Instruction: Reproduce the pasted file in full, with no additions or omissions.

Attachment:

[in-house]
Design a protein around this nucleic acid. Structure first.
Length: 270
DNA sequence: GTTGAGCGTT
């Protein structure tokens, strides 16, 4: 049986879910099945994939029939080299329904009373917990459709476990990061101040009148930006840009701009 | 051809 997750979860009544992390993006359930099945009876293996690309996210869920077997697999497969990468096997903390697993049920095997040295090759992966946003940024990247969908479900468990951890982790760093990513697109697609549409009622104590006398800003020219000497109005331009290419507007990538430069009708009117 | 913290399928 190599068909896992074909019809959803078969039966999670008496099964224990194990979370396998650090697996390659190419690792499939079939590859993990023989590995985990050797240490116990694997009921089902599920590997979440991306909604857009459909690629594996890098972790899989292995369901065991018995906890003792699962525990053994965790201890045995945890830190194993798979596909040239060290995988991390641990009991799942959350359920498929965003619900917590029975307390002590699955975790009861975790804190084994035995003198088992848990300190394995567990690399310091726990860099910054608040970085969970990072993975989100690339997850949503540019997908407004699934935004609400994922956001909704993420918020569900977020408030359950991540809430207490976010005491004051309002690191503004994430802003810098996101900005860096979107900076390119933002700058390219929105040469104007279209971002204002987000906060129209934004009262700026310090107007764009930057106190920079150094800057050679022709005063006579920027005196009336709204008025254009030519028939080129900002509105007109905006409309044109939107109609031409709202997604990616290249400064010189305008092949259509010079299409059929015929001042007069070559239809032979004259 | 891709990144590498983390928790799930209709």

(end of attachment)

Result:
[in-house]
Design a protein around this nucleic acid. Structure first.
Length: 270
DNA sequence: GTTGAGCGTT
């Protein structure tokens, strides 16, 4: 049986879910099945994939029939080299329904009373917990459709476990990061101040009148930006840009701009 | 051809 997750979860009544992390993006359930099945009876293996690309996210869920077997697999497969990468096997903390697993049920095997040295090759992966946003940024990247969908479900468990951890982790760093990513697109697609549409009622104590006398800003020219000497109005331009290419507007990538430069009708009117 | 913290399928 190599068909896992074909019809959803078969039966999670008496099964224990194990979370396998650090697996390659190419690792499939079939590859993990023989590995985990050797240490116990694997009921089902599920590997979440991306909604857009459909690629594996890098972790899989292995369901065991018995906890003792699962525990053994965790201890045995945890830190194993798979596909040239060290995988991390641990009991799942959350359920498929965003619900917590029975307390002590699955975790009861975790804190084994035995003198088992848990300190394995567990690399310091726990860099910054608040970085969970990072993975989100690339997850949503540019997908407004699934935004609400994922956001909704993420918020569900977020408030359950991540809430207490976010005491004051309002690191503004994430802003810098996101900005860096979107900076390119933002700058390219929105040469104007279209971002204002987000906060129209934004009262700026310090107007764009930057106190920079150094800057050679022709005063006579920027005196009336709204008025254009030519028939080129900002509105007109905006409309044109939107109609031409709202997604990616290249400064010189305008092949259509010079299409059929015929001042007069070559239809032979004259 | 891709990144590498983390928790799930209709």